P90310KIf California is the most excellent state in the entire Unites States of America and surrounding Universe, and Oklahoma is the second most excellent, then Oregon might be number . . . hmmm . . . fourteen or fifteen . . . or maybe like twenty or something. However, in MY (very important) opinion, Oregon is like the third most excellent state, and almost ties with Oklahoma! That makes it even slightly more excellent than Pennsylvania, Vermont and Arizona! Yes, it is THAT excellent!
Even the state tree of Oregon is excellent. It is the Douglas fir, pseudotsuga menziesii. That is like the second most excellent of the state trees, right after the coastal redwood of California. If California did not claim the coastal redwood as the state tree, Oregon is the only other state that can claim it as a native, since the native range of coastal redwood extends ever so slightly into the very southwest corner of Oregon.
There was a time when redwood was the main timber tree here, but that was only because it was the most readily available. As the supply was depleted, it was reserved for fences, decks, structural lumber that is in contact with concrete foundations, or any other situation in which its innate resistance to decay was important. Douglas fir became the most common lumber, and is still what homes are built from now.
Besides all that, Douglas fir is one of the grandest of trees in North America.
Then there is the state flower of Oregon. Well, it is not so much to brag about, although it is still better than the state flower of Oklahoma, which happens to be mistletoe. (Okay, that is another subject for later.)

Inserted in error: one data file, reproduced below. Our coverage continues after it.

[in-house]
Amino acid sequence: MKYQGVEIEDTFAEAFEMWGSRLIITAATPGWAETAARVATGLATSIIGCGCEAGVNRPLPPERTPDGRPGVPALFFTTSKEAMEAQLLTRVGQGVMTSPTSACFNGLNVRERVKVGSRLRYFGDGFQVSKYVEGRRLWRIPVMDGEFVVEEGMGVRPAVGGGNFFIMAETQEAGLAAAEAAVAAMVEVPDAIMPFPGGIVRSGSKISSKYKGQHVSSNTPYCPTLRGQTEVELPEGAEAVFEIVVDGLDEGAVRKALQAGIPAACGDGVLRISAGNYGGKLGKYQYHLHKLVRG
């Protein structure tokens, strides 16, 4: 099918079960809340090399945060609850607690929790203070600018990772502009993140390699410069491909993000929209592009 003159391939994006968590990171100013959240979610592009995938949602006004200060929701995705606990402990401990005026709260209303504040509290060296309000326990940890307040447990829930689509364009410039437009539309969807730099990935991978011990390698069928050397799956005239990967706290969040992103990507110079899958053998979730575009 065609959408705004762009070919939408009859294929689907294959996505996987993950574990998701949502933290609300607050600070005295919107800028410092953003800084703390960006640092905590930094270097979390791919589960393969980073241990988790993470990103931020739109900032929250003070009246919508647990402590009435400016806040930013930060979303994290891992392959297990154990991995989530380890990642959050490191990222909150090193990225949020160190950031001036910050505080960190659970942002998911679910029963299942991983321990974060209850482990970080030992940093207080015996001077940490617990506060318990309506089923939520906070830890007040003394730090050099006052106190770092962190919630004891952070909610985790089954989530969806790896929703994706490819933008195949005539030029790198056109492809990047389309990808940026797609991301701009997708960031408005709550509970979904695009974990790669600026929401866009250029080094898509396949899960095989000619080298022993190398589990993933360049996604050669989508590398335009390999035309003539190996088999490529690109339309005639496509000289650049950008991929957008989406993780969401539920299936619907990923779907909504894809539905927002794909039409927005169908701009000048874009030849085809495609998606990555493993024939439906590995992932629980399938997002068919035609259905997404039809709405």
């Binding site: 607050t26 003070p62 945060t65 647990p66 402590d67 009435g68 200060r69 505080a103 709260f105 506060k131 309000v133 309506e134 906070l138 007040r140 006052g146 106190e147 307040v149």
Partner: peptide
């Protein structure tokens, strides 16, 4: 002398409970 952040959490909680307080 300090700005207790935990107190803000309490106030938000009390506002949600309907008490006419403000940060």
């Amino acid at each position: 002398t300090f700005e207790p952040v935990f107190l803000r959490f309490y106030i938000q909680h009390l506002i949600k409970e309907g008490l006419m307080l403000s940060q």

Oregon grape, Mahonia aquifolium, blooms late in winter with these bright golden yellow, but otherwise unimpressive flowers. The few small black berries that develop over summer are mostly taken by birds before anyone notices. The glossy and prickly dark green foliage is quite appealing, and happens to do well in partial shade, but this is the state flower, not the state foliage.


Oregon Grape

80228Oregon has good taste. Douglas fir, one of the most useful of timber trees in America, was selected as the state tree. Oregon grape, Mahonia aquifolium, was designated as the state flower. Although the tight clusters of tiny bright yellow flowers that bloom about now may not be as flashy as other state flowers, they contrast handsomely against the glossy and deep dark green foliage.

The pinnately compound evergreen leaves are larger than they seem to be. The smaller individual leaflets that resemble holly get noticed first. They are are not quite as wavy, spiny or thick as leaves of English holly are, so can work well where spiny foliage would be objectionable. Dark grayish blue berries are not abundant, but happen to make good jelly for those who hunt for them.

Mature plants get about five feet tall and broad, and can spread wider like Heavenly bamboo does. Foliage might be a richer shade of deep green, with a slightly more relaxed texture, in partial shade. A few garden varieties are available, including some that are more compact, and some with more rounded leaflets. Old canes should be pruned out as they get replaced by newer canes.